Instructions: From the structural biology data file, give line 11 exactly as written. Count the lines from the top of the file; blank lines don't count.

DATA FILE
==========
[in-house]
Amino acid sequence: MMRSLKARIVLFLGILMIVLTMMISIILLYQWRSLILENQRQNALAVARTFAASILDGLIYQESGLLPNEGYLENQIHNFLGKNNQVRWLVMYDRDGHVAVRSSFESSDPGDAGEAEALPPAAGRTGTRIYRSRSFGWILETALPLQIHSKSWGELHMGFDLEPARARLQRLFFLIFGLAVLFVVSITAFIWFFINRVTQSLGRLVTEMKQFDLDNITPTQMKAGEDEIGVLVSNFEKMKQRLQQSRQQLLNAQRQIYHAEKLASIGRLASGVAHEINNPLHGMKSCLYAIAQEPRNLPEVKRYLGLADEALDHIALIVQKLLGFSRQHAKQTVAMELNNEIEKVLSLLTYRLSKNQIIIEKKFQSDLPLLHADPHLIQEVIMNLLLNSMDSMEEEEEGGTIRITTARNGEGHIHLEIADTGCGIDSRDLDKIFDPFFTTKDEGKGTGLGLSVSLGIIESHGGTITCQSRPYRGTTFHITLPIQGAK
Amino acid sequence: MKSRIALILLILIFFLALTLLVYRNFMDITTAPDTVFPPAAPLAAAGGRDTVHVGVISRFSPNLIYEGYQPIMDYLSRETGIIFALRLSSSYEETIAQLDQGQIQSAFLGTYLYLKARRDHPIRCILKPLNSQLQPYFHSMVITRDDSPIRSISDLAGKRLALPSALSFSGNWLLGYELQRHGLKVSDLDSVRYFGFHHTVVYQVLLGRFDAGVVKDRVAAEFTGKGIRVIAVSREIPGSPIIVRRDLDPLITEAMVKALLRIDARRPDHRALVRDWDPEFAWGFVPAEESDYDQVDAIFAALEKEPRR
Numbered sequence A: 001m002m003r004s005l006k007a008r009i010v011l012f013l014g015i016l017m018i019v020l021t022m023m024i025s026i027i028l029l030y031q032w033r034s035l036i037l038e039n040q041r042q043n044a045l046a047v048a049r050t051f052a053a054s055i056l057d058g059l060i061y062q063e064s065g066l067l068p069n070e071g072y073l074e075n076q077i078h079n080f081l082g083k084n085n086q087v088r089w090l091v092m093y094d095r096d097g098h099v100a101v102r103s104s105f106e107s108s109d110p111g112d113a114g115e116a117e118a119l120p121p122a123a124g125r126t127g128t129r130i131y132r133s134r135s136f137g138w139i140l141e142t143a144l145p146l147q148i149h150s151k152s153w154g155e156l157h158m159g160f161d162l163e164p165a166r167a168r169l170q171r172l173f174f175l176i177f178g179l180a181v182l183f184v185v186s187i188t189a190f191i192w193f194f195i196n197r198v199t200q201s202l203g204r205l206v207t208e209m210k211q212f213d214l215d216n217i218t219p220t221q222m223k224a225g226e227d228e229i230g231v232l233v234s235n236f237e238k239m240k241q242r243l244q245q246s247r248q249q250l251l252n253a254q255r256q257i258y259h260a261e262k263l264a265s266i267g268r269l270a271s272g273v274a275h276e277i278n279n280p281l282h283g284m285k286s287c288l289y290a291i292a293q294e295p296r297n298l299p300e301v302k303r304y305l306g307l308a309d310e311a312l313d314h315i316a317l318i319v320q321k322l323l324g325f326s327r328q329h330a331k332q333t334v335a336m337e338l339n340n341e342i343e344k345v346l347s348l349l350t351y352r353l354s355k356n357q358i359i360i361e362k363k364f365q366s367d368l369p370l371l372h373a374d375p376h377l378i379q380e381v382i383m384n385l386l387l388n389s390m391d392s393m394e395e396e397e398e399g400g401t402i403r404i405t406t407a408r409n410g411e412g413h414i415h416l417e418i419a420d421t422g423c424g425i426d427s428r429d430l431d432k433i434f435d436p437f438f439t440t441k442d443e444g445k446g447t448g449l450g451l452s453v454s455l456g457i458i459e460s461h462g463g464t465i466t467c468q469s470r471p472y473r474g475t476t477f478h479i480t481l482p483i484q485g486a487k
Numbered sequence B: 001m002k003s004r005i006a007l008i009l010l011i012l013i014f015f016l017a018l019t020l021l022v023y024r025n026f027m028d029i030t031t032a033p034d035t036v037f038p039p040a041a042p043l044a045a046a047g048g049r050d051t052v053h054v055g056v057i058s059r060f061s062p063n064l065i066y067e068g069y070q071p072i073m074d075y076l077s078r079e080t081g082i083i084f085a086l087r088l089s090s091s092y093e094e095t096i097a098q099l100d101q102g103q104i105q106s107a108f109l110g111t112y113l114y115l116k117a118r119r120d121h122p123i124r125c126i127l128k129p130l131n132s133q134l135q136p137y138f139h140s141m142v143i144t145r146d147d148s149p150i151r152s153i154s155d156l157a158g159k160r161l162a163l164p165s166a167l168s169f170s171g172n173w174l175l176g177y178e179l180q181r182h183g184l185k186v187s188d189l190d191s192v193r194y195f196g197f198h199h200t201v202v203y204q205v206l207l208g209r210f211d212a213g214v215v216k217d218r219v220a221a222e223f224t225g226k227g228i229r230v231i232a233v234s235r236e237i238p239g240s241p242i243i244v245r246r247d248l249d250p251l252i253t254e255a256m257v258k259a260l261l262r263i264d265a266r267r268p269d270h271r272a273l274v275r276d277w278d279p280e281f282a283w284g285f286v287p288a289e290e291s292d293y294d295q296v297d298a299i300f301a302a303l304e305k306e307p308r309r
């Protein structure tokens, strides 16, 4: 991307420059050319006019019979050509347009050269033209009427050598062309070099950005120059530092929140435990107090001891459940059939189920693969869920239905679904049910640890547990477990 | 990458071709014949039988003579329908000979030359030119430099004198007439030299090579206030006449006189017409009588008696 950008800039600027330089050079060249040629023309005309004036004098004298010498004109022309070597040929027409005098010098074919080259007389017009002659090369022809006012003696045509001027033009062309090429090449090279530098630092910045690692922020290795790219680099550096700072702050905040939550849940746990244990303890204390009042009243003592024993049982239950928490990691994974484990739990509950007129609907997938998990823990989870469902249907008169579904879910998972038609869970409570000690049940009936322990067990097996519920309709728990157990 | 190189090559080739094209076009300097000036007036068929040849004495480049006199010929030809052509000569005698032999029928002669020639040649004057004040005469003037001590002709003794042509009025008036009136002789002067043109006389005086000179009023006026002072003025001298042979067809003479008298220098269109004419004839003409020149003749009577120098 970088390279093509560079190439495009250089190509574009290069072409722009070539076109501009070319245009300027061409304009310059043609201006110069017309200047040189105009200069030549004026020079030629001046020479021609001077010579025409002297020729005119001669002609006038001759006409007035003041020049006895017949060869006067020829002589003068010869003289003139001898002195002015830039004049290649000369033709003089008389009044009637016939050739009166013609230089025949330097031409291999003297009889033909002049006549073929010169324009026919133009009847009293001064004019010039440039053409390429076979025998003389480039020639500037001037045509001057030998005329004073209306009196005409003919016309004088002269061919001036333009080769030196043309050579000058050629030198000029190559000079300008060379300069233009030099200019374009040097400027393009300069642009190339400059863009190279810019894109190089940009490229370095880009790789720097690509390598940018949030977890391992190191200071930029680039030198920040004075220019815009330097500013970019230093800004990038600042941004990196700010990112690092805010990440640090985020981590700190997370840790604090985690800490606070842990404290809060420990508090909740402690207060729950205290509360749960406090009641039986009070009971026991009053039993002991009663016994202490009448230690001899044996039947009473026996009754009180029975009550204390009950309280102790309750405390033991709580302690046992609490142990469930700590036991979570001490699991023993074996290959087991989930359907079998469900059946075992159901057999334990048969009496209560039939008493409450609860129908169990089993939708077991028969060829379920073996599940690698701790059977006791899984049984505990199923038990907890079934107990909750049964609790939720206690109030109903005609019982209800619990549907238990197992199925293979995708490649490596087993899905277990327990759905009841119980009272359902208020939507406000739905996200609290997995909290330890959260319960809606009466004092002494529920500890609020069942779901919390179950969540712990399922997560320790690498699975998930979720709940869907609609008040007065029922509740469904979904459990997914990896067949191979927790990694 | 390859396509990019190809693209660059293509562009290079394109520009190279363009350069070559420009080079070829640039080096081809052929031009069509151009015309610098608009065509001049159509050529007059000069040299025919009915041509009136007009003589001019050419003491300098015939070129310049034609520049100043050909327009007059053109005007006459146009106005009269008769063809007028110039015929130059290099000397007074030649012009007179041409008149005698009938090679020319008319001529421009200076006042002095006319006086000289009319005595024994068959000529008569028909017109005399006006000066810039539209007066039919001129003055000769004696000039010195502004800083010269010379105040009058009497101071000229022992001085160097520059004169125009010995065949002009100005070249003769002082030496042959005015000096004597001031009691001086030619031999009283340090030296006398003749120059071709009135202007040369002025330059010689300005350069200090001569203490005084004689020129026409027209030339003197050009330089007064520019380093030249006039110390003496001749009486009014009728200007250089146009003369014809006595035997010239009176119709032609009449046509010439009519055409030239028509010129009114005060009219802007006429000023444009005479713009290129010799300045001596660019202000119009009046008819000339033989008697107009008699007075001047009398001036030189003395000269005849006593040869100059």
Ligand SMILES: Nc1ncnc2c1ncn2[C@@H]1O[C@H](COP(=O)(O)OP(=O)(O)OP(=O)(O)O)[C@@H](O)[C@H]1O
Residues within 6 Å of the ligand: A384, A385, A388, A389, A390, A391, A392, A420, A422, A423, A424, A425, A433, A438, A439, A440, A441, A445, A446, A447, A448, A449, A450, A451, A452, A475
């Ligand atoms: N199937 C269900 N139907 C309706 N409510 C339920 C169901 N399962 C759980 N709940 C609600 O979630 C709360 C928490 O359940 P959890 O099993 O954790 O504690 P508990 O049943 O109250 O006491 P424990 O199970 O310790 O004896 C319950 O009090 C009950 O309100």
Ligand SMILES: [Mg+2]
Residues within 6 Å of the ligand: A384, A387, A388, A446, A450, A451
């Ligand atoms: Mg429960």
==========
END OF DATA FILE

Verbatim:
Residues within 6 Å of the ligand: A384, A387, A388, A446, A450, A451